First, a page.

LOUISVILLE — landing at Louisville International Airport, the UPS Worldport facility makes a distinct impression. The white walls of the miles-long facility come into a view punctuated by the unmistakable brown logo on the plane tails. The facility is monstrous, featuring 5.2 million square feet of space, including about 300 acres of ramp space — every bit of which is utilized for the formidable task at hand.
Offering a service based on timeliness that affords little room for error, the facility runs with a type of precision that generates numerous impressive statistics. It processes 416,000 packages an hour, or 1.2 million packages a day, which increases to more than 2 million packages a day during peak season.
Worldport features 155 miles of conveyor belts. Each package is only touched twice — loading and unloading — and travels through the facility in approximately 13 minutes, with camera imaging to automatically read labels and sort packages into appropriate bins for loading.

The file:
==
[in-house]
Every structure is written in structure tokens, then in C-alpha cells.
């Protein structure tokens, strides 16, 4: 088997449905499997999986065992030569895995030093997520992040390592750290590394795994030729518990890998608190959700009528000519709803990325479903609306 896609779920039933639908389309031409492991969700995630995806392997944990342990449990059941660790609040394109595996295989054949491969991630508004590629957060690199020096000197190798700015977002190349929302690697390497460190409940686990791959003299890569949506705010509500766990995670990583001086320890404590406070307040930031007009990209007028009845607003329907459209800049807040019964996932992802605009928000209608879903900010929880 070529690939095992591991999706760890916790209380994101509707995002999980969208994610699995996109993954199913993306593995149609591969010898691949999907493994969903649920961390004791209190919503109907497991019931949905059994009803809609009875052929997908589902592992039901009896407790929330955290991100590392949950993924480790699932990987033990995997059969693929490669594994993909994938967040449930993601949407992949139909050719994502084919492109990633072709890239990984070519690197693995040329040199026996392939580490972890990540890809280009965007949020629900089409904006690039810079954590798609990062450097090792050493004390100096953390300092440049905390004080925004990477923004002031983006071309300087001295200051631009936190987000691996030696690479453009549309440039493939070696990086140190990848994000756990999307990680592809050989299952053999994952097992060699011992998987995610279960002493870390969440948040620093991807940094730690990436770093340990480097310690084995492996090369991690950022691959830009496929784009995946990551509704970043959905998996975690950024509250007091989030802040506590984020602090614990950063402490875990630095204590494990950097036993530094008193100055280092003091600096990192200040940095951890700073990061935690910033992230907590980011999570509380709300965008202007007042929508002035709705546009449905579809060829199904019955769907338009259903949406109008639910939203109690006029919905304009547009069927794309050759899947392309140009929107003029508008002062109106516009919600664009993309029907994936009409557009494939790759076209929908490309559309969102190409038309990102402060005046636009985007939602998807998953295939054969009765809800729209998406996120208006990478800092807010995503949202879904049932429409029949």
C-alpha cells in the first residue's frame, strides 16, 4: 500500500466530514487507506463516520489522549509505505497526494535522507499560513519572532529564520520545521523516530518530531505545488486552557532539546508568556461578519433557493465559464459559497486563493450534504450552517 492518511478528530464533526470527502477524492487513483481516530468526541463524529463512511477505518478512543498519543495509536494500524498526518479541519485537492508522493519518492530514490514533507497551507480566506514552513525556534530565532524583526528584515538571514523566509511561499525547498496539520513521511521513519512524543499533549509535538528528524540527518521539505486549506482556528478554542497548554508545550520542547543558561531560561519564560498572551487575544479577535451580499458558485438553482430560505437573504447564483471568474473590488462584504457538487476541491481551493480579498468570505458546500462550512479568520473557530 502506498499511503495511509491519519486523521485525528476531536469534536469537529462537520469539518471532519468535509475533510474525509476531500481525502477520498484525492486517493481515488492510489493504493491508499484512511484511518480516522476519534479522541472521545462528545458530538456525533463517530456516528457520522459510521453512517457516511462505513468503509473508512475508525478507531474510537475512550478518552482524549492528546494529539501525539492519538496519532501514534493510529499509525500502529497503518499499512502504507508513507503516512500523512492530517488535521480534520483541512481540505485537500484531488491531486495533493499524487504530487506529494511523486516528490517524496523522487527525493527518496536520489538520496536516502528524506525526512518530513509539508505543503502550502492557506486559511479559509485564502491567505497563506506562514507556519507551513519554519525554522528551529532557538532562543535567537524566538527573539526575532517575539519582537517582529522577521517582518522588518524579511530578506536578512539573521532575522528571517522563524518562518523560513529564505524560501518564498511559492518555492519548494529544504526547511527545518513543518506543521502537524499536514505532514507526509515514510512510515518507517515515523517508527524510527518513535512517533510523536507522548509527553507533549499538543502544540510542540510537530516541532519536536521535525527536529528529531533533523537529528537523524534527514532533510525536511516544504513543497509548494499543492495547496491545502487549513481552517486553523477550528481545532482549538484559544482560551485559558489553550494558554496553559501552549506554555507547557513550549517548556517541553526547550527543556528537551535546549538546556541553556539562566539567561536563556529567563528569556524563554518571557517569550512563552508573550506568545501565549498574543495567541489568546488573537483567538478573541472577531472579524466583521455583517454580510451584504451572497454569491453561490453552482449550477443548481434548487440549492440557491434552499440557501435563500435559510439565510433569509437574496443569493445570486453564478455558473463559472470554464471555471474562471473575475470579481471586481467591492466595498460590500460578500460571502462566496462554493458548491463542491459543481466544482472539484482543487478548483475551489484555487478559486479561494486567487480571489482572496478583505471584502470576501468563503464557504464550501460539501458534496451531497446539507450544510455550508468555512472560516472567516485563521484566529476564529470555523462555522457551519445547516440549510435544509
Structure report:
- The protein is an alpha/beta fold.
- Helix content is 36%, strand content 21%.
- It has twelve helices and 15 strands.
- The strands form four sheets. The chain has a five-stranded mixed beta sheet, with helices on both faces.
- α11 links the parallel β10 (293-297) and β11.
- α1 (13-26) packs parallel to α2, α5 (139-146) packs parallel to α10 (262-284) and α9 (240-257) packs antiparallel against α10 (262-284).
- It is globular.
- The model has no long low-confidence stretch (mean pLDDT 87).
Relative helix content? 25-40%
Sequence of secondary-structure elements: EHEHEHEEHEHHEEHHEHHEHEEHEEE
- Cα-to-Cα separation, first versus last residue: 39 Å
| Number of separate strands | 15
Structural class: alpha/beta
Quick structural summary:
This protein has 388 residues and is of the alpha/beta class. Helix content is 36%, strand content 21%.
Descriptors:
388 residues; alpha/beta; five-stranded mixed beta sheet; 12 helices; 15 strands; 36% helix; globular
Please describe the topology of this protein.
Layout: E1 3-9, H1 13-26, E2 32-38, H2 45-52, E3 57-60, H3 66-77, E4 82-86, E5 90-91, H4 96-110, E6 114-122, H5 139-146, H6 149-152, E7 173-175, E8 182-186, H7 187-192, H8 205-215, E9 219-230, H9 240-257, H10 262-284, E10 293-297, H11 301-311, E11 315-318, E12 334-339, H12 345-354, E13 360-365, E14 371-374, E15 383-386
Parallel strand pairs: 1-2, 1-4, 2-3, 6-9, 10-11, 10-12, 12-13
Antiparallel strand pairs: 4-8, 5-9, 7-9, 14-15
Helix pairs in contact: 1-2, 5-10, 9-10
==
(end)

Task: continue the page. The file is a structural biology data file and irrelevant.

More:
The “wings” of the facility have the ability to facilitate 70 docked aircraft and about 65 aircraft parked away from the facility. The crews turn approximately 125 flights each day, with the most flight activity taking place just after midnight.
Like many others, UPS has felt a decline in cargo volumes which has affected the bottom line. According to its 2009 annual report, the company saw a decline in revenue of about 12 percent from 2008 to 2009, due to lower volumes in U.S. domestic package, international package, and supply chain and freight segments. The report does cite improvements in volume for those segments in the fourth quarter of 2009, indicating an overall upswing and more positive outlook for 2010.
And as volumes recover, the facility will be ready.
GSE: The purchase process
Of course, preparation cannot be complete without proper support on the ramp. That support comes in the form of 4,000 pieces of non-powered GSE and 2,000 pieces of powered GSE, as well as the more than 100 employees of the GSE department.
According to Bill Jacob, vice president of airline ground support equipment at UPS, the airline owns units from nearly every manufacturer.